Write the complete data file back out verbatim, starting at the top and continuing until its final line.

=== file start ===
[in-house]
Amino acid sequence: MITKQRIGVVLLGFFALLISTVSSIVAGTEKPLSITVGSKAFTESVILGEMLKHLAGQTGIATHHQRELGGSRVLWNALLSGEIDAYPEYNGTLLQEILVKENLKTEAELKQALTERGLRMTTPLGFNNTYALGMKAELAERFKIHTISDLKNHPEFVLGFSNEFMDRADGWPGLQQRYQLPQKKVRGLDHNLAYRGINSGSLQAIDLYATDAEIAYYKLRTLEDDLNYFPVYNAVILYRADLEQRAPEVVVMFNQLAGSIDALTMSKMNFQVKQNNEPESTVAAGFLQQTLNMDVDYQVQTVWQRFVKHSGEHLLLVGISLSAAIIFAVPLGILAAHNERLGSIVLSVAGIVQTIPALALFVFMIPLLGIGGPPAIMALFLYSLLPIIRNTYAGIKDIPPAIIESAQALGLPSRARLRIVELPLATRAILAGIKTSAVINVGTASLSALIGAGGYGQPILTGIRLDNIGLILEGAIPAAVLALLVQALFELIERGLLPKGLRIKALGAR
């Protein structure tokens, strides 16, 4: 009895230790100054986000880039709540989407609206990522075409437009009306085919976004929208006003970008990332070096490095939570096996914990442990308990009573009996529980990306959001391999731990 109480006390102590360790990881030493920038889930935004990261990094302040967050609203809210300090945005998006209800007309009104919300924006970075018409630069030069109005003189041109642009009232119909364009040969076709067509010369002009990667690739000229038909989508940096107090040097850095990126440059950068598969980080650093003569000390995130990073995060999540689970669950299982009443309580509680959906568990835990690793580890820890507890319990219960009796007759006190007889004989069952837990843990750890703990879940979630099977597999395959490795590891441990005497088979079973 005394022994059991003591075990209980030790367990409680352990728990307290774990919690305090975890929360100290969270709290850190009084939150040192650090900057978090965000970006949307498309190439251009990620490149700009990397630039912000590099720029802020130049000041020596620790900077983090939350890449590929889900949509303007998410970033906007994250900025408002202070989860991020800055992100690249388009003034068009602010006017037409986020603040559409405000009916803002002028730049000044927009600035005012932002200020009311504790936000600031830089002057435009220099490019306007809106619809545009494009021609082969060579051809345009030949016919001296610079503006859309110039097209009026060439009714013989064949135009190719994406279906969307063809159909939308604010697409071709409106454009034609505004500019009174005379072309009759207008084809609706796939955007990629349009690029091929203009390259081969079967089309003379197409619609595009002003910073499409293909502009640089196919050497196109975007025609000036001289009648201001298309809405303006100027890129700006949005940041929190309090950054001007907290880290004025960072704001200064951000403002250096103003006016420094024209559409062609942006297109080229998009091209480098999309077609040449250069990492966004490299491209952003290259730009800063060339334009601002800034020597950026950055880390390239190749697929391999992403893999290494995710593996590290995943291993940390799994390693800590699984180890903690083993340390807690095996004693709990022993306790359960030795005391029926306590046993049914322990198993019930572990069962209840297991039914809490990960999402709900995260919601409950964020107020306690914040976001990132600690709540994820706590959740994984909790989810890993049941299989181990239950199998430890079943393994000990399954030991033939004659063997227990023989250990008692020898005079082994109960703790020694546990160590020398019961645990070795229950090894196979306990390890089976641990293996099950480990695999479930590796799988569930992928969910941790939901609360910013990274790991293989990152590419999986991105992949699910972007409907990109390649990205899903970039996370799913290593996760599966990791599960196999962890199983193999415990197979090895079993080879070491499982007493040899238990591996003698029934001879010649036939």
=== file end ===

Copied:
[in-house]
Amino acid sequence: MITKQRIGVVLLGFFALLISTVSSIVAGTEKPLSITVGSKAFTESVILGEMLKHLAGQTGIATHHQRELGGSRVLWNALLSGEIDAYPEYNGTLLQEILVKENLKTEAELKQALTERGLRMTTPLGFNNTYALGMKAELAERFKIHTISDLKNHPEFVLGFSNEFMDRADGWPGLQQRYQLPQKKVRGLDHNLAYRGINSGSLQAIDLYATDAEIAYYKLRTLEDDLNYFPVYNAVILYRADLEQRAPEVVVMFNQLAGSIDALTMSKMNFQVKQNNEPESTVAAGFLQQTLNMDVDYQVQTVWQRFVKHSGEHLLLVGISLSAAIIFAVPLGILAAHNERLGSIVLSVAGIVQTIPALALFVFMIPLLGIGGPPAIMALFLYSLLPIIRNTYAGIKDIPPAIIESAQALGLPSRARLRIVELPLATRAILAGIKTSAVINVGTASLSALIGAGGYGQPILTGIRLDNIGLILEGAIPAAVLALLVQALFELIERGLLPKGLRIKALGAR
């Protein structure tokens, strides 16, 4: 009895230790100054986000880039709540989407609206990522075409437009009306085919976004929208006003970008990332070096490095939570096996914990442990308990009573009996529980990306959001391999731990 109480006390102590360790990881030493920038889930935004990261990094302040967050609203809210300090945005998006209800007309009104919300924006970075018409630069030069109005003189041109642009009232119909364009040969076709067509010369002009990667690739000229038909989508940096107090040097850095990126440059950068598969980080650093003569000390995130990073995060999540689970669950299982009443309580509680959906568990835990690793580890820890507890319990219960009796007759006190007889004989069952837990843990750890703990879940979630099977597999395959490795590891441990005497088979079973 005394022994059991003591075990209980030790367990409680352990728990307290774990919690305090975890929360100290969270709290850190009084939150040192650090900057978090965000970006949307498309190439251009990620490149700009990397630039912000590099720029802020130049000041020596620790900077983090939350890449590929889900949509303007998410970033906007994250900025408002202070989860991020800055992100690249388009003034068009602010006017037409986020603040559409405000009916803002002028730049000044927009600035005012932002200020009311504790936000600031830089002057435009220099490019306007809106619809545009494009021609082969060579051809345009030949016919001296610079503006859309110039097209009026060439009714013989064949135009190719994406279906969307063809159909939308604010697409071709409106454009034609505004500019009174005379072309009759207008084809609706796939955007990629349009690029091929203009390259081969079967089309003379197409619609595009002003910073499409293909502009640089196919050497196109975007025609000036001289009648201001298309809405303006100027890129700006949005940041929190309090950054001007907290880290004025960072704001200064951000403002250096103003006016420094024209559409062609942006297109080229998009091209480098999309077609040449250069990492966004490299491209952003290259730009800063060339334009601002800034020597950026950055880390390239190749697929391999992403893999290494995710593996590290995943291993940390799994390693800590699984180890903690083993340390807690095996004693709990022993306790359960030795005391029926306590046993049914322990198993019930572990069962209840297991039914809490990960999402709900995260919601409950964020107020306690914040976001990132600690709540994820706590959740994984909790989810890993049941299989181990239950199998430890079943393994000990399954030991033939004659063997227990023989250990008692020898005079082994109960703790020694546990160590020398019961645990070795229950090894196979306990390890089976641990293996099950480990695999479930590796799988569930992928969910941790939901609360910013990274790991293989990152590419999986991105992949699910972007409907990109390649990205899903970039996370799913290593996760599966990791599960196999962890199983193999415990197979090895079993080879070491499982007493040899238990591996003698029934001879010649036939």